Medium: Oil on Canvas
Dimensions: 81.5 x 65 cms
Date: 1908 - 1910
Current Whereabouts: Private Collection, Sydney
CHG Directors Statement: Rupert Bunny (1864 – 1947) saw great success in his life-time as an expatriate in Europe, with his work being exhibited and honored in prestigious spaces such as Paris Salon and various other galleries in Europe and America. His work conveys his genuine love and appreciation for his surroundings in France.
Along with aesthetically appealing landscapes, Rupert Bunny's artwork also revolved around women dressed in beautiful garments at their leisure. A series of his work during the time of war documents a time when society was changing and forming new ideas.
Rupert Bunny did return to Melbourne as an internationally acclaimed artist, being one of the few artists to be celebrated in their lifetime. Over 30,000 people attended his Outstanding Works exhibition at the National Gallery of Australia, shortly after which he passed away.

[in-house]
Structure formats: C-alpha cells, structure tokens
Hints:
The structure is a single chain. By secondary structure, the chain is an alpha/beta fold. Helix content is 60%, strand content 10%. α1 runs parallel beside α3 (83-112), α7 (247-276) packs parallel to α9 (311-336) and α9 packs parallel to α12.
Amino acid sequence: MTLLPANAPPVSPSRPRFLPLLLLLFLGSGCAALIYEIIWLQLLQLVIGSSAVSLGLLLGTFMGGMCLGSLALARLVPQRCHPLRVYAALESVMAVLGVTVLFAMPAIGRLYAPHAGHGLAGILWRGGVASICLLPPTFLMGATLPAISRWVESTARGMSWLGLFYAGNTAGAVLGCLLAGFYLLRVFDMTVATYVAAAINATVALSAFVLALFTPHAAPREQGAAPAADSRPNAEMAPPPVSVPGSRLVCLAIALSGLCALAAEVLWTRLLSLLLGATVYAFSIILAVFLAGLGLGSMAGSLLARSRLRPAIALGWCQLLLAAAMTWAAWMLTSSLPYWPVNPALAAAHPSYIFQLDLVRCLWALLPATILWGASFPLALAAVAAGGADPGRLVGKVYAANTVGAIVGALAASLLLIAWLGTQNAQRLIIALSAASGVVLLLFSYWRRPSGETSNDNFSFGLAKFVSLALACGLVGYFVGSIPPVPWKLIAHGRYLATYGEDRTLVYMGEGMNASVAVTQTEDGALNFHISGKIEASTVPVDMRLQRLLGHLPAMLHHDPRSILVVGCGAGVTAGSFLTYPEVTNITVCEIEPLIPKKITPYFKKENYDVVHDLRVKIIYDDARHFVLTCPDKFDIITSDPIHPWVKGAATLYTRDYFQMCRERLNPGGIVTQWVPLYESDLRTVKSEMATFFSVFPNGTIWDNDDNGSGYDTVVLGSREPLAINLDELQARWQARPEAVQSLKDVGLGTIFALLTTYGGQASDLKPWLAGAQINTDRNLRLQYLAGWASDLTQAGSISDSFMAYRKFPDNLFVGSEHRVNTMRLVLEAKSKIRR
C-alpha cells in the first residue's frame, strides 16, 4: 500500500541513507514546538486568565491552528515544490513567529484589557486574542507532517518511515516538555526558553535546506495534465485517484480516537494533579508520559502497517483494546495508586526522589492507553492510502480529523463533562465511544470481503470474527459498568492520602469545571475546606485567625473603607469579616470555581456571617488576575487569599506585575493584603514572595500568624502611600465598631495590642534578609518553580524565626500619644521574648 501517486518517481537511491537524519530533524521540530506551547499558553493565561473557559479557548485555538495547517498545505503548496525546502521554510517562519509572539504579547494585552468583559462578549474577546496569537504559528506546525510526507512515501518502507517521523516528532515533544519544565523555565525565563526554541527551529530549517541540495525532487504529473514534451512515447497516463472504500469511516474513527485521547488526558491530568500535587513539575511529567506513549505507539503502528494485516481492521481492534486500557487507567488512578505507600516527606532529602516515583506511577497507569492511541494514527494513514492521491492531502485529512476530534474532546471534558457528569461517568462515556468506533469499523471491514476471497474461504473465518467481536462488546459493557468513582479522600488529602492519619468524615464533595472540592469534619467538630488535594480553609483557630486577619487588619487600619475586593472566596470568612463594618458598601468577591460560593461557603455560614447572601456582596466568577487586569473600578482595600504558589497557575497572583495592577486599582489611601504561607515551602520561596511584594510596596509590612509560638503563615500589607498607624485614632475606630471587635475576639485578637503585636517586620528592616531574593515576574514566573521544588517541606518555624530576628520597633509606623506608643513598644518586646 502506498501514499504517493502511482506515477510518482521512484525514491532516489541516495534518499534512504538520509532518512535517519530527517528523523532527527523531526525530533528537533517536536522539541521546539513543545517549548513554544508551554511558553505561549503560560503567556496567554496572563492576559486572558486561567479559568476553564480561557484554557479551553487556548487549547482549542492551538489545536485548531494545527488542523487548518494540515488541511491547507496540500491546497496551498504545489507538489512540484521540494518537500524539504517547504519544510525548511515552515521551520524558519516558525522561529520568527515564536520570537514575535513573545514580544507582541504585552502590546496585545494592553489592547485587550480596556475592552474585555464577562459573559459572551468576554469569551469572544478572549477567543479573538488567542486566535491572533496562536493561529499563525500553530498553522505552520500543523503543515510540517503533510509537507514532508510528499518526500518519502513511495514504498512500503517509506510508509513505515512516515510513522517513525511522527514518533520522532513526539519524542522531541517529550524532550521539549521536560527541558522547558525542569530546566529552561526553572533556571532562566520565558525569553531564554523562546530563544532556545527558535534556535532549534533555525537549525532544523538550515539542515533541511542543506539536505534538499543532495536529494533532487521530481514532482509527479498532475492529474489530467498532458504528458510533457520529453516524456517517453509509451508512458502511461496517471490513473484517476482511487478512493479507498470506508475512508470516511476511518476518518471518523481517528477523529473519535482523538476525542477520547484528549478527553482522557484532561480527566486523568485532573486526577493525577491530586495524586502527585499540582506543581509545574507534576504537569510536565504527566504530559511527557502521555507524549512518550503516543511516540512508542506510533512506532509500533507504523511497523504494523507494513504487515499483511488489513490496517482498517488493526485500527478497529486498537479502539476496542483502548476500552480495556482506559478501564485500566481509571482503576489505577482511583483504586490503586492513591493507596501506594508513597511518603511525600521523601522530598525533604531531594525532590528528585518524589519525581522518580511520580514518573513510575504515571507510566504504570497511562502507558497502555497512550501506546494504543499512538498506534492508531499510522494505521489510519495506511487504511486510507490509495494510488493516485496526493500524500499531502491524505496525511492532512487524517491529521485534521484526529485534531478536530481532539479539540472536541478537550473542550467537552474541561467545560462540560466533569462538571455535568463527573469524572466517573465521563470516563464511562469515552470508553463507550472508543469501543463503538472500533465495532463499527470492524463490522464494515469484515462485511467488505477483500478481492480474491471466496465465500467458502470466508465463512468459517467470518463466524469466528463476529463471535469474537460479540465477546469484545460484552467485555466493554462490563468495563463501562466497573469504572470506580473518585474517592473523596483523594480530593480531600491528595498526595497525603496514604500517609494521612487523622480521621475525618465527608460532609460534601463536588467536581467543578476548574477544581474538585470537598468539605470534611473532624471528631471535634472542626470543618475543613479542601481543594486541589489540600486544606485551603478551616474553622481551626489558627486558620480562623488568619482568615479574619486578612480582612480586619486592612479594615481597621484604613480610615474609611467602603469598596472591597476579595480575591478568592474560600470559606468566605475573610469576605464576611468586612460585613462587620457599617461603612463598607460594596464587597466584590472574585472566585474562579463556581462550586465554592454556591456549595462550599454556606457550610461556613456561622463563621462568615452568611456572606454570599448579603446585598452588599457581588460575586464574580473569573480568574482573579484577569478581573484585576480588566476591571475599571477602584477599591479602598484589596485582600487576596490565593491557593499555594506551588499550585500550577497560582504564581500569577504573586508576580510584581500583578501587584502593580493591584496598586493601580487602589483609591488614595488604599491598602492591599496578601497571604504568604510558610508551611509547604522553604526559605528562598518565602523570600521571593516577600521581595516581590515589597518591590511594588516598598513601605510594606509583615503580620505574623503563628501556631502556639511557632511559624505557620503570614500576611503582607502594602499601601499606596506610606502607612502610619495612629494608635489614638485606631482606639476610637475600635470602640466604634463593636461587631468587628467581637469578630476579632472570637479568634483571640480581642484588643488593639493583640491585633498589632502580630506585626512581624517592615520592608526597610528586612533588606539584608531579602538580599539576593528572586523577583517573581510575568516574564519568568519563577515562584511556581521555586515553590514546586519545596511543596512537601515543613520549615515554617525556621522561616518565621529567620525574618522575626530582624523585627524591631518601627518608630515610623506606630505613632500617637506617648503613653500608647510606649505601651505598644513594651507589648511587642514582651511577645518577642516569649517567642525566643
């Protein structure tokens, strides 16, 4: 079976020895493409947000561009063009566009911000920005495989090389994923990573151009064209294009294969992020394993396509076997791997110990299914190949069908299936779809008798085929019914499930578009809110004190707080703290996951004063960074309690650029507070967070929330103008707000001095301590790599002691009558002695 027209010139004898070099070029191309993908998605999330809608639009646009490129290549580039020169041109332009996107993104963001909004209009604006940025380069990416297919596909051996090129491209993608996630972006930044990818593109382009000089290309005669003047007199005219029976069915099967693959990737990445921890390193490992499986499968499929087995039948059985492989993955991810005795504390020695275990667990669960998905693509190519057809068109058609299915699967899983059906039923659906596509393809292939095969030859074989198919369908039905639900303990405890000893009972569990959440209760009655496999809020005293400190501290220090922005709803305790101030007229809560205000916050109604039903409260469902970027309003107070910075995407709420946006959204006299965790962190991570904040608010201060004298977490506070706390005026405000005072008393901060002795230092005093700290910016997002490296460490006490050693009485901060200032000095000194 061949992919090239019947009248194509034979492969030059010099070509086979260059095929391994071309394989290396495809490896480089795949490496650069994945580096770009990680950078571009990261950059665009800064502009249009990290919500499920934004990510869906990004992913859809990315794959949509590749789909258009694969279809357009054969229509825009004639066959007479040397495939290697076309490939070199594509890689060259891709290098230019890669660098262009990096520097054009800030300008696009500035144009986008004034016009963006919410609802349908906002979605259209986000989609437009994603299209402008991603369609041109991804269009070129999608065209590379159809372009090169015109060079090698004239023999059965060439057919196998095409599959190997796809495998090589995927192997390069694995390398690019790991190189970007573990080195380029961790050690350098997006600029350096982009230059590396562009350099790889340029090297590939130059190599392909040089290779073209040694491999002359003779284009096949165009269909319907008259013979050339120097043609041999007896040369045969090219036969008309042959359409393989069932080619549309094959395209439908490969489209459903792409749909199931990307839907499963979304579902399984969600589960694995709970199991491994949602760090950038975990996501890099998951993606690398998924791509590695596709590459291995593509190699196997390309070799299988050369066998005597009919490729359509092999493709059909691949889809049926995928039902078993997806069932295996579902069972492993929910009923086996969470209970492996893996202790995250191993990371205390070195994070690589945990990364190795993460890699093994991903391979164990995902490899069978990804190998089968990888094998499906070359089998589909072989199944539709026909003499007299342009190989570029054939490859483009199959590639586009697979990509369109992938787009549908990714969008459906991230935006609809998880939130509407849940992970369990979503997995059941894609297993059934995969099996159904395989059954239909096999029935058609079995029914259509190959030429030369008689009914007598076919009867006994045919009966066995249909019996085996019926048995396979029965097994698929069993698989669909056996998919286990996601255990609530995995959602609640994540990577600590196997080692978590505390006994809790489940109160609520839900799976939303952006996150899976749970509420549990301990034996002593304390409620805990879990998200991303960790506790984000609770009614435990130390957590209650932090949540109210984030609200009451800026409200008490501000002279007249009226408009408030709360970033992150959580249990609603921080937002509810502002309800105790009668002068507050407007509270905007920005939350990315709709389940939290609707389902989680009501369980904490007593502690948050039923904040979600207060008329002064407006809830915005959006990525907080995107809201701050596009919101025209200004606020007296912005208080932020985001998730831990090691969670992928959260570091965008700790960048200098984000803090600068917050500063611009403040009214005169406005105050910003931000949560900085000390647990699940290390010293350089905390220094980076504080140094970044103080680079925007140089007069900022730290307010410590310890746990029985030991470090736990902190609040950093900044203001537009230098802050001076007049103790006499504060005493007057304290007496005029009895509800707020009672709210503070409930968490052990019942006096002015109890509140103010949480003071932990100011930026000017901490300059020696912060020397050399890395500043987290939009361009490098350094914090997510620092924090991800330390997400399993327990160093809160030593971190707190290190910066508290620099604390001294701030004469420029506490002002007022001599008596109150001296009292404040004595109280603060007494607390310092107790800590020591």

During his career Bunny was praised by both French and Australian critics. Gustave Geffroy called him “a brilliant and spirited artist.” Paul Haefliger, saw him as “perhaps the best artist yet produced by Australia,” and hailed his paintings exhibited in the 40's as “the finest achievement in Australian art to date.”
In 1988, a record price of $1.05 million was set at an auction for Une Nuit De Canicule, an artwork Bunny painted in France in 1910.
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